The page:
The basic building material of the work, Aneta. Monument to Kraków, is a poem in which the content is as important as the form. The manner of presentation of the text allows one to capture only the sensibility and the essentiality of its meaning. The language becomes tangible here and now, so that the recipient can experience the physicality of the words: their shape and structure. The meaning appears only in the next stage of perception. The metaphor of the text, which – indeed – describes reality, but mainly through associations and artistic allusions, is equally fragmented. The discourse becomes a trap: it is difficult to grasp when reality is presented in a legible way and in which it becomes poetry. The complexity of the work of Young-Hae Chang Heavy Industries is based on the poetics of the internet, for which immediacy, snapshot-like imaging, and non-linearity are characteristic. The carrier itself becomes a part of the message here; the recipient is unable to capture the entire real and symbolic universe, and reality is deconstructed.
The text displayed on the screen revolves around the theme of Kraków, but it never reaches it directly: it is based on random flashes of meaningful references that wind around the meaning like a climber. The reflection on Poland directs us to the image of a car factory, leading to the memories of car brands – in which the narrator travelled with his family – then jumps to the thread of Ford as an anti-Semite, information which the hero immediately checks in the internet search engine. In relation to this, he reminds us of the possibility of error, the right to disregard the truth – and so on without end: one word-association leads to the next one.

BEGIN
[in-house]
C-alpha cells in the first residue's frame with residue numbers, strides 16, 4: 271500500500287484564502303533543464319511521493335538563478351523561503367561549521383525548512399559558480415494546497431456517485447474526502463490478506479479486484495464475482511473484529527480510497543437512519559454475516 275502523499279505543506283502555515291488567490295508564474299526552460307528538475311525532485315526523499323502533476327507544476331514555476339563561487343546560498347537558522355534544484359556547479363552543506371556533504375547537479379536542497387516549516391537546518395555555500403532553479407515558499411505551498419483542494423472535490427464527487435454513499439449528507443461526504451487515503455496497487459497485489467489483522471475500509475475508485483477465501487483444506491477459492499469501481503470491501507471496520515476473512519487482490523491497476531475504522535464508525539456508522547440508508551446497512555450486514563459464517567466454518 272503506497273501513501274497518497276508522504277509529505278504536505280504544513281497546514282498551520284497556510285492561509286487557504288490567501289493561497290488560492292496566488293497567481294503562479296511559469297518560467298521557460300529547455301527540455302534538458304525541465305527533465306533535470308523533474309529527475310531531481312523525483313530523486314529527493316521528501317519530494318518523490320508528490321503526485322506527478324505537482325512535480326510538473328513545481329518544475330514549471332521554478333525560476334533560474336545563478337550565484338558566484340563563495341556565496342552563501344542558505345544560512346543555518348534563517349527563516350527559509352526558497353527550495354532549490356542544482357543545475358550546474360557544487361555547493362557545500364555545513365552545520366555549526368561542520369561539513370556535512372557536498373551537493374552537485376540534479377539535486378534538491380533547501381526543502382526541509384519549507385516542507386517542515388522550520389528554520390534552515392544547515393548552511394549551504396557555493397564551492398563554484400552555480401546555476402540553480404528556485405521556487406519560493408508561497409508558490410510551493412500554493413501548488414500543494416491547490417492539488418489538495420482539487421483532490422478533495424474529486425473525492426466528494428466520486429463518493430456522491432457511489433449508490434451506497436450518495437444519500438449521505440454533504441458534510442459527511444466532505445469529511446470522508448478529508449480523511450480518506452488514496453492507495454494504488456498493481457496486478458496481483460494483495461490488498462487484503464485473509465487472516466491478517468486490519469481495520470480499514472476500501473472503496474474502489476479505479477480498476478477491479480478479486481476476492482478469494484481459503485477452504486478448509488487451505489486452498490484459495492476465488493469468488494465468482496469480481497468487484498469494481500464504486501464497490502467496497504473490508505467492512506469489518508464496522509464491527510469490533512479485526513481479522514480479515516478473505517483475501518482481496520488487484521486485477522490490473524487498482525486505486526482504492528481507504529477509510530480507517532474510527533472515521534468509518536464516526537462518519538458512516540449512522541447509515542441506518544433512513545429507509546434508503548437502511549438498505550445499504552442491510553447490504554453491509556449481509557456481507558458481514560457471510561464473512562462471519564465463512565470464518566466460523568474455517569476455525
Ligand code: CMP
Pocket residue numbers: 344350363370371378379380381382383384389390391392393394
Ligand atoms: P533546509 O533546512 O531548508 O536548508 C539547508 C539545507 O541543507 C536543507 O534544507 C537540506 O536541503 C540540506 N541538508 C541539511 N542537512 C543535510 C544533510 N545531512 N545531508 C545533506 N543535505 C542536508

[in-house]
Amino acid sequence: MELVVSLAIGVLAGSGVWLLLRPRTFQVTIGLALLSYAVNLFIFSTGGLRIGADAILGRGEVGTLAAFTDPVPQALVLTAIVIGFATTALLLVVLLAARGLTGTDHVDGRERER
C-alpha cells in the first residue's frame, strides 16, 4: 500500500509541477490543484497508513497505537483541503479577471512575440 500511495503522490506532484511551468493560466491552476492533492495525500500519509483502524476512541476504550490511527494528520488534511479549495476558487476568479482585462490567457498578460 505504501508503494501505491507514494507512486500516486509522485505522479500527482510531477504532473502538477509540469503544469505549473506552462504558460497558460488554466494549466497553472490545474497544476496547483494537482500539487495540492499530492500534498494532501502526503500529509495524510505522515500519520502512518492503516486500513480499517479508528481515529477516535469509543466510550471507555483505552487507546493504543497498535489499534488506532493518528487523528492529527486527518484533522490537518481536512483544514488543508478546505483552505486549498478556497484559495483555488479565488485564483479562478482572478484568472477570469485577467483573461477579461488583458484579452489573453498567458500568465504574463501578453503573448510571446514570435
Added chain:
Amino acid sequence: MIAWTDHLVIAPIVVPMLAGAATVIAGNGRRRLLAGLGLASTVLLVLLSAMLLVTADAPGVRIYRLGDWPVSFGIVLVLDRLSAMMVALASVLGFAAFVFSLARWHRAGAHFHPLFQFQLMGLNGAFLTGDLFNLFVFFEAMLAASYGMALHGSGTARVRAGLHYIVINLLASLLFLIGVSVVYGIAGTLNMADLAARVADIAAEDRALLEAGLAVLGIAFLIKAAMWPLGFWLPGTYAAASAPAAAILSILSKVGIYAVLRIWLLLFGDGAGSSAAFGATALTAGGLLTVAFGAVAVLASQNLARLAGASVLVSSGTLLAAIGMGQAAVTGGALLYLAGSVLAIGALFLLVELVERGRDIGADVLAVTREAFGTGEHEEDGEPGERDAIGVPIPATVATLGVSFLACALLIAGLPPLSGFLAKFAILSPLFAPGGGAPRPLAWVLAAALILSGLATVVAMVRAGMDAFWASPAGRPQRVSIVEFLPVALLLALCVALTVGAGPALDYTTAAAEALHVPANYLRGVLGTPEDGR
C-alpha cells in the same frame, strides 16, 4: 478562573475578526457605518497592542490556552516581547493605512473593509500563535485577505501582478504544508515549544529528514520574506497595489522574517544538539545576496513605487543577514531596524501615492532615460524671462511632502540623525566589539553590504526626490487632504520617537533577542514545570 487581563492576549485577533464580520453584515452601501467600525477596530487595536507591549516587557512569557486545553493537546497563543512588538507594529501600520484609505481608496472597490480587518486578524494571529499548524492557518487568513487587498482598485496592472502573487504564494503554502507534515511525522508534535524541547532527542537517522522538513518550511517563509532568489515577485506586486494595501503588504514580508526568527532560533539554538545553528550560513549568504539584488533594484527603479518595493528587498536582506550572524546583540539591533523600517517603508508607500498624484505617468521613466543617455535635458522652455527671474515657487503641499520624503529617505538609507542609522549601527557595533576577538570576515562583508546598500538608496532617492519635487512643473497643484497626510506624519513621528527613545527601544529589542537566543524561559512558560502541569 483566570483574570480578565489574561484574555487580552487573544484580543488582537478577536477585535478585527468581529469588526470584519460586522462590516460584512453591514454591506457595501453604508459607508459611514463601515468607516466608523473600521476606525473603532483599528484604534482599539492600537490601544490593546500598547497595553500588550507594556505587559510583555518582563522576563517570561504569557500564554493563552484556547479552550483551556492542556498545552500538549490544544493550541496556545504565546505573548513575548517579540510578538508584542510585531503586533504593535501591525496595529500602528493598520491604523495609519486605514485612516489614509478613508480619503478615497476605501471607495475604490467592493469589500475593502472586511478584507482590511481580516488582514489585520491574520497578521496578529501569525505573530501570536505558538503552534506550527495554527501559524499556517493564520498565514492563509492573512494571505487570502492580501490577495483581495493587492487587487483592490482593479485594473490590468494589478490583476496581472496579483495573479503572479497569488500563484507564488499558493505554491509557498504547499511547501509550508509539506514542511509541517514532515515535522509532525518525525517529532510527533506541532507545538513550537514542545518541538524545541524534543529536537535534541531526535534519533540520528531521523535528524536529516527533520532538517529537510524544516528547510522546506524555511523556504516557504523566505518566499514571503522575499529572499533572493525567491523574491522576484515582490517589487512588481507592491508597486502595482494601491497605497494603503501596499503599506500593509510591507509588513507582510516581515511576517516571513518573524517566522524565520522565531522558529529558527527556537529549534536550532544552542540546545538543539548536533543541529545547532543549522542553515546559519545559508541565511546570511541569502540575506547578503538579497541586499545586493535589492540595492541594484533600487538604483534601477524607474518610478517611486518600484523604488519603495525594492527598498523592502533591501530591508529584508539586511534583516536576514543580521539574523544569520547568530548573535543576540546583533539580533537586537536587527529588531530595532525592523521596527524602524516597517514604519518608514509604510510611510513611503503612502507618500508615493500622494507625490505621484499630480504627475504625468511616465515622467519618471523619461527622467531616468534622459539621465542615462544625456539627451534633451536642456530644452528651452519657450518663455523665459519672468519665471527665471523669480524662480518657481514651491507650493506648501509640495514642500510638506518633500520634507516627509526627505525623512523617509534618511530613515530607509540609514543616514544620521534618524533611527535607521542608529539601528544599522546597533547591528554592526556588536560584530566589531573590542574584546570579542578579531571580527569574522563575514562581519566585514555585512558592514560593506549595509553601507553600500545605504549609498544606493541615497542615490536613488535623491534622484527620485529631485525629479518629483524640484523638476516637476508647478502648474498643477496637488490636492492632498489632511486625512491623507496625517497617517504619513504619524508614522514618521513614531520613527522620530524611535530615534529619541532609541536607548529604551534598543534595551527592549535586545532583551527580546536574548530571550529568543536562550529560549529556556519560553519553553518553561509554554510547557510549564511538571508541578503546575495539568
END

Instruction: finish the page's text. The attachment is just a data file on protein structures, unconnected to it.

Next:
“The era of digitization – worse than carving in stone”. There is no room for reflection and wandering: immediate information is required everywhere. And yet, it is at times of uncertainty – according to the subject – that poetry appears. This statement is quite perverse, if we notice that the duo, Young-Hae Chang Heavy Industries, itself operates in the space of the internet, incessantly dealing with poetry. Their work is thoroughly subversive: artists use internet forms, but do not use it in accordance with accepted standards in virtual reality. They move perfectly in online aesthetics, but are not faithful to it: their work is characterized by distance and critical verification of the means used. “The curse of Wikipedia. Google. All of this era of digitization. Everything works. Too easy” – such sentences appear on the screen at some point.
At the end of the poem, two works by Pablo Picasso are mentioned: Monument to Apollinaire and Homage to Apollinaire. The first is a collection of intersecting lines that were inspired by the work of Apollinaire, especially the poem, the Murdered Poet, containing a fragment about the monument for the artist, who should rise from emptiness. This Picasso project has never been realized in public space because of its radicality and abstractness. The second work – Homage to Apollinaire – is still in the garden of the Saint-Germain-des-Prés monastery. It is a bronze sculpture, depicting the head of Dora Maar. Its affiliation with the commemorated character is only mentioned by the title engraved on the pedestal of the monument. Picasso decided on this form of work due to the rejection of his earlier project. Both works are mentioned in, Aneta. Monument to Kraków; they stimulate us to reflect on the very idea of making monuments and on the sometimes peculiar forms they take. And yet the work of the artistic duo becomes – just like Homage to Apollinaire – a perverse apotheosis of Kraków.
Elaborated by Karol Gromek, Bunkier Sztuki Gallery of Contemporary Art,
This work is licensed under a Creative Commons Attribution 3.0 Poland License.
Young-Hae Chang Heavy Industries is a duo from Seoul, founded in 1999, associated with the art of the internet and concrete poetry. It consists of Young-Hae Chang, a Korean artist and translator, a doctor of aesthetics of the Université de Paris I and Marc Voge, an American poet. The characteristic black and white typography of the artists juxtapose, among others, with jazz music, thanks to which the whole attracts attention in a suggestive way and constitutes the effect of exploring the narrative possibilities of animation and sound. The duo have realized projects for the Tate Modern, Centre Pompidou, San Francisco Museum of Modern Art, the New Museum of Contemporary Art in New York, and the De Appel art centre in Amsterdam.